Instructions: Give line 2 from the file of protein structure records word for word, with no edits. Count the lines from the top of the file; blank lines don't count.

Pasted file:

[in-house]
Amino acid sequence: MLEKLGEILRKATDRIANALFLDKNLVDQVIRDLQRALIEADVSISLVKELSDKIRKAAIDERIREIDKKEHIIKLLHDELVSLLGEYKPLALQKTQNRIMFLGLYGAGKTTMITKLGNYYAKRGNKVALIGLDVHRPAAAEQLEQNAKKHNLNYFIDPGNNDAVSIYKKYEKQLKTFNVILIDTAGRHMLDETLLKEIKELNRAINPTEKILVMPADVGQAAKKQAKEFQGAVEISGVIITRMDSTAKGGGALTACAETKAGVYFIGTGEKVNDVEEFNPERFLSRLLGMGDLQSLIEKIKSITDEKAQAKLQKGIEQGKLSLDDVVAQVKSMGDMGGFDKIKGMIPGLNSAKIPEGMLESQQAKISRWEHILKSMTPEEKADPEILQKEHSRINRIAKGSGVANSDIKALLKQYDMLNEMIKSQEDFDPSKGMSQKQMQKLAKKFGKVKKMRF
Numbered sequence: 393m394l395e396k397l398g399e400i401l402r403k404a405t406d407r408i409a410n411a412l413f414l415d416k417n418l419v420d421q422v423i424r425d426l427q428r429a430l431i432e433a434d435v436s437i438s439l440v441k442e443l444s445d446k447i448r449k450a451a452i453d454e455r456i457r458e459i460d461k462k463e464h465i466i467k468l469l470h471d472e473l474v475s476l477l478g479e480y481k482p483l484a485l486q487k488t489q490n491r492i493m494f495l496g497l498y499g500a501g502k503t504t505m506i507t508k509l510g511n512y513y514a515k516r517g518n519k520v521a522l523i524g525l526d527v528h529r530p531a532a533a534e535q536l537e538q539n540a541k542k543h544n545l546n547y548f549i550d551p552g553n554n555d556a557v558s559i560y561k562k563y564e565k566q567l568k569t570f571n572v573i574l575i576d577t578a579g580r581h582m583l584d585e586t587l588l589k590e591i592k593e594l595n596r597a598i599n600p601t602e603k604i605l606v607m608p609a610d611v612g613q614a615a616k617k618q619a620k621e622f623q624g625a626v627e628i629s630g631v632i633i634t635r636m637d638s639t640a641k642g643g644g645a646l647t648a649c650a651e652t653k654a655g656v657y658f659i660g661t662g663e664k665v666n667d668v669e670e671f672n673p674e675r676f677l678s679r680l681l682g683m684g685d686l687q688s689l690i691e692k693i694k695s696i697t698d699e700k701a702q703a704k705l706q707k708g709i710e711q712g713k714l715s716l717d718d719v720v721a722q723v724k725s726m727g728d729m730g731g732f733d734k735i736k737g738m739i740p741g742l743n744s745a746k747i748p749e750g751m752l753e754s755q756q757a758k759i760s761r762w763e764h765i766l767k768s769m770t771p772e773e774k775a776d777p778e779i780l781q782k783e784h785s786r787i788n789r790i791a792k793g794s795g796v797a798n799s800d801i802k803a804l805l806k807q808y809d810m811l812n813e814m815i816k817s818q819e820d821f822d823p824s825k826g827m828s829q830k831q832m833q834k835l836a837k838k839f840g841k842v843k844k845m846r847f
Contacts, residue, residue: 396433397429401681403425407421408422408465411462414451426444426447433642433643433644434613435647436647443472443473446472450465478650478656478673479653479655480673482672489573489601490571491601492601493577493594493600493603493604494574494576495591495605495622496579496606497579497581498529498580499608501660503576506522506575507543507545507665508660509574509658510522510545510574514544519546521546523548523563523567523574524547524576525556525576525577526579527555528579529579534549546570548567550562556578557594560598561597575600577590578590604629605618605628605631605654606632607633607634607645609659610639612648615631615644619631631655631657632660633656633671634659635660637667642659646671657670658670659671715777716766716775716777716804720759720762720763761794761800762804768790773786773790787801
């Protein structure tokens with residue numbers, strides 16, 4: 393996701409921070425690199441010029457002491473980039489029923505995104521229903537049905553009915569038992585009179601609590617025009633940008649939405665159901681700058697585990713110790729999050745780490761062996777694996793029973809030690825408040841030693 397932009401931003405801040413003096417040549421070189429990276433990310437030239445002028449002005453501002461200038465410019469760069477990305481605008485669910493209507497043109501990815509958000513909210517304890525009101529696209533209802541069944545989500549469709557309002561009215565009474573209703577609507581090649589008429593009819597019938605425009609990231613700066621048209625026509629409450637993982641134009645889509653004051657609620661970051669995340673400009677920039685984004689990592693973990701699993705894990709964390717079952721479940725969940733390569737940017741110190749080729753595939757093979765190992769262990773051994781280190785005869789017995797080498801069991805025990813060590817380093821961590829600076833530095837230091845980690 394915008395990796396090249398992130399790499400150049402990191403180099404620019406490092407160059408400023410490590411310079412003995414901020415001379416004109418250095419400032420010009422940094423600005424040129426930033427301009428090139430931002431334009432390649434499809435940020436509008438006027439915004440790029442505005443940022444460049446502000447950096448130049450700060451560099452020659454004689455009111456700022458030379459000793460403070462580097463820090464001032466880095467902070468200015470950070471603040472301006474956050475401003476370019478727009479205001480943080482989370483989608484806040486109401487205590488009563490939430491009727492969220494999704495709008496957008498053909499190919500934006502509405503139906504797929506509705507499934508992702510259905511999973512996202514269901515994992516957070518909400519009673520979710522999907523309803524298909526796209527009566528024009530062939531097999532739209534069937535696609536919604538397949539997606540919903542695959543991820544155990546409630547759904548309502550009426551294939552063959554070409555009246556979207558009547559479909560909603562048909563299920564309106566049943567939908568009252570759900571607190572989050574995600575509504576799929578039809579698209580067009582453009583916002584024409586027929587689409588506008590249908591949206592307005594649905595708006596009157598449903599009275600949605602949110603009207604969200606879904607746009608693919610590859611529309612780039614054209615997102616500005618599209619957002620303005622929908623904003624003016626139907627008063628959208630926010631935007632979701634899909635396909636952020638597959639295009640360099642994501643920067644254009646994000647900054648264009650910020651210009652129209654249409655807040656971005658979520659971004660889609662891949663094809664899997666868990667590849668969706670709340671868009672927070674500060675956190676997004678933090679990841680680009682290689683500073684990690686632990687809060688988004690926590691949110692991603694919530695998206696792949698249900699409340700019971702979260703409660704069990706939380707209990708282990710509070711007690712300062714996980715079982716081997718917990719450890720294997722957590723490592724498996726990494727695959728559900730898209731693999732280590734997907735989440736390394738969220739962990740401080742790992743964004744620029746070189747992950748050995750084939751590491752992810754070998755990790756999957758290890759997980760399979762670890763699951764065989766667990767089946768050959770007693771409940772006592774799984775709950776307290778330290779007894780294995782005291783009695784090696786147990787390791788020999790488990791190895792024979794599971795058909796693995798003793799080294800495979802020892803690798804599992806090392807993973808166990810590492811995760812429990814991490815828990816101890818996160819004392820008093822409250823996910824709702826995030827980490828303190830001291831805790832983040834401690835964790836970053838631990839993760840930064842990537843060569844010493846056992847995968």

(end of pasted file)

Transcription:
Amino acid sequence: MLEKLGEILRKATDRIANALFLDKNLVDQVIRDLQRALIEADVSISLVKELSDKIRKAAIDERIREIDKKEHIIKLLHDELVSLLGEYKPLALQKTQNRIMFLGLYGAGKTTMITKLGNYYAKRGNKVALIGLDVHRPAAAEQLEQNAKKHNLNYFIDPGNNDAVSIYKKYEKQLKTFNVILIDTAGRHMLDETLLKEIKELNRAINPTEKILVMPADVGQAAKKQAKEFQGAVEISGVIITRMDSTAKGGGALTACAETKAGVYFIGTGEKVNDVEEFNPERFLSRLLGMGDLQSLIEKIKSITDEKAQAKLQKGIEQGKLSLDDVVAQVKSMGDMGGFDKIKGMIPGLNSAKIPEGMLESQQAKISRWEHILKSMTPEEKADPEILQKEHSRINRIAKGSGVANSDIKALLKQYDMLNEMIKSQEDFDPSKGMSQKQMQKLAKKFGKVKKMRF